Residents of the small town of Namche Bazaar, about 35 miles from the epicentre of the new quake and a well-known spot for high-altitude trekkers, said a couple of buildings damaged in the earlier earthquake had collapsed. However, there were no reports of deaths or injuries in the town.
The earth also shook strongly across the border in Tibet, unleashing a landslide that killed one person and injured three, according to China's state broadcaster China Central Television. Two houses also collapsed, CCTV said, quoting the disaster relief headquarters of the regional Tibetan government.
Speaking from Nepal, GOAL’s director in the country Dr Raj Singh described the scene on the ground in Kathmandu as "chaotic".
“People are not permitted to enter buildings at the moment and we have had three aftershocks since the quake, one of which was very pronounced.”
He continued: “From where I am standing, I can see cracks in several buildings and there is a real fear of buildings collapsing."
“We are working as best we can to establish the level of damage, injuries and potential loss of life here in the capital and elsewhere.”
Mr Singh described the moment when the earthquake struck.
“Tables and chairs started to shake violently, doors were opening and closing and people started to panic. We got out as soon as we could and we saw buildings swaying as the shaking continued. The earthquake lasted approximately 30 seconds."
Mr Singh said the challenge for aid groups to support those who were affected by the first earthquake has now become even more daunting and challenging.
“The latest quake will undoubtedly complicate and frustrate this work.”
The quake's epicentre was close to Everest Base Camp, which was evacuated after an avalanche triggered by the April 25 quake killed 18 climbers.
Mountaineers seeking to scale the world's tallest peak have called off this year's Everest season.
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Today's quake, near the Chinese border between the capital, Kathmandu, and Mount Everest, comes less than three weeks after the country was devastated by a quake which killed more than 8,150 people and injured over 17,860.
An official with the International Organisation for Migration said a number of buildings collapsed in the isolated town of Chautara after today's earthquake, with at least four people killed.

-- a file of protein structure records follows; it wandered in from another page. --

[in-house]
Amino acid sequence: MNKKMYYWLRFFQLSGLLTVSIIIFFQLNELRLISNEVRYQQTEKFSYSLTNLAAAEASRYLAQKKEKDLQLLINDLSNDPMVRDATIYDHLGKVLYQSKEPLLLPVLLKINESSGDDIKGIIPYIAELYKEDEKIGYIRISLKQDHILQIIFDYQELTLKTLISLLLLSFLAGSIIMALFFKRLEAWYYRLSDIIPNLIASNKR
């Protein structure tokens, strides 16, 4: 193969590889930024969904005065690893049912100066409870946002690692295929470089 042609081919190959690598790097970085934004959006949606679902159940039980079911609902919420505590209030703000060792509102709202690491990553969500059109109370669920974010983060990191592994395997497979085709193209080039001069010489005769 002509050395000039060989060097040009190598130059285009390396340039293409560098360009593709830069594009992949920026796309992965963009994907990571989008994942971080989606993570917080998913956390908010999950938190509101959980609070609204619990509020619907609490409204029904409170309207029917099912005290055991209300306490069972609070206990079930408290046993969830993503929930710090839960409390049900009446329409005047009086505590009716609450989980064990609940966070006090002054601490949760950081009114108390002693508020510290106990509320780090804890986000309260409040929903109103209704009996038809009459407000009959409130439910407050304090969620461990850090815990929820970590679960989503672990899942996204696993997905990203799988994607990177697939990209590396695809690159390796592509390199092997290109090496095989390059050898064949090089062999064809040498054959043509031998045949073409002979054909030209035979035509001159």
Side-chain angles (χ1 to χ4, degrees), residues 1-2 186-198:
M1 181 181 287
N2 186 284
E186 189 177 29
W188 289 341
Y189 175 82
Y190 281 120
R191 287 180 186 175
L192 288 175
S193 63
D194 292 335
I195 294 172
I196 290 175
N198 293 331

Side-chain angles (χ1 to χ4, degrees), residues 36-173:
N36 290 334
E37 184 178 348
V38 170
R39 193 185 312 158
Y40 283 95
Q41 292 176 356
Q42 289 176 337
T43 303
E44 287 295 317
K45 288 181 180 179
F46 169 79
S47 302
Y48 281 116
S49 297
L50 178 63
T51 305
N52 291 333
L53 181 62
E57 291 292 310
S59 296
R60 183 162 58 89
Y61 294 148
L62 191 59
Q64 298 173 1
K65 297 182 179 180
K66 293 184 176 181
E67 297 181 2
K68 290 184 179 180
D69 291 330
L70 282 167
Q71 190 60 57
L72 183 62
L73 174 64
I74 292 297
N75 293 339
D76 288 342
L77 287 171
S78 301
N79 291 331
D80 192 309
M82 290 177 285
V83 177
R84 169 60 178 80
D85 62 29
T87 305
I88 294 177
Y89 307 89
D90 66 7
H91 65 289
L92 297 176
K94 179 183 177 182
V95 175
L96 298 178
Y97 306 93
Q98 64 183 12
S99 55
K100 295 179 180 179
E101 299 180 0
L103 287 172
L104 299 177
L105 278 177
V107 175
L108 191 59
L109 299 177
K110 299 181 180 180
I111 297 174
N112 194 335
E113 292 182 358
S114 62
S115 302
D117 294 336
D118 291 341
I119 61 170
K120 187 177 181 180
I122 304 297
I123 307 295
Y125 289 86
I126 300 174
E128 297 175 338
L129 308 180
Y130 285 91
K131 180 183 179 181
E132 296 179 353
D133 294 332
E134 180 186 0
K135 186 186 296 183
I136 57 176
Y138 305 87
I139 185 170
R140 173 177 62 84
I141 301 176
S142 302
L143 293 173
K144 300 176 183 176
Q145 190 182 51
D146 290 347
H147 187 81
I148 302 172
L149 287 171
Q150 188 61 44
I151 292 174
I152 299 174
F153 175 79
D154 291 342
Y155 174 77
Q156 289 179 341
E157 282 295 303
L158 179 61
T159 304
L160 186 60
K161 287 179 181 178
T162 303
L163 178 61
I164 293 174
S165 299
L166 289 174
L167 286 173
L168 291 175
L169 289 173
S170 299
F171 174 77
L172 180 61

IOM spokesman Paul Dillon said a search and rescue team had already begun searching through the wreckage of the little town.
Chautara has become a hub for humanitarian aid in the wake of the April 25 disaster , with dozens of aid workers now based there to send help deeper into the countryside.
Teams from Médecins Sans Frontières/Doctors Without Borders (MSF) are conducting assessments in the affected areas, including Dolakha itself.
An additional MSF team is conducting a helicopter assessment in Bhaktapur, east of Kathmandu, while other MSF medical teams are visiting various hospitals in Kathmandu, ready to intervene immediately if necessary.
“This complicates an already precarious situation. There is going to be more trouble accessing the affected areas. MSF is strengthening its emergency operations and re-assessing the needs of those affected by the current earthquake in order to respond accordingly and immediately,” says, Dan Sermand, MSF’s Country Director in Nepal.
Meanwhile Irish NGO Plan Ireland says additional emergency relief for people in Nepal following today's earthquake.
Plan Ireland's Mike Bruce is in Kathmandu and said they are continuing with their operations despite aftershocks.
"The aftershocks continue to happen, people have flooded the streets in Kathmandu. Right now, we are setting out operations outside, waiting for the aftershocks to subside. There have been heavy rains in recent days, spurring on-going fear of landslides and further damage to already affected communities.
"Currently, Plan teams are spread out across Kathmandu valley and several districts in the affected areas – carrying out their distributions and delivery of emergency items to families who have lost their homes and are in temporary shelter," he said.
Plan Ireland has already airlifted emergency relief items provided by the Irish government into isolated, mountainous, and rural areas in parts of central Nepal.
To contribute to Plan Ireland’s emergency appeal go to www.plan.ie or call 1800 829 829. To support GOAL’s response to the earthquakes in Nepal, visit www.goalglobal.org or telephone 01-905 9990.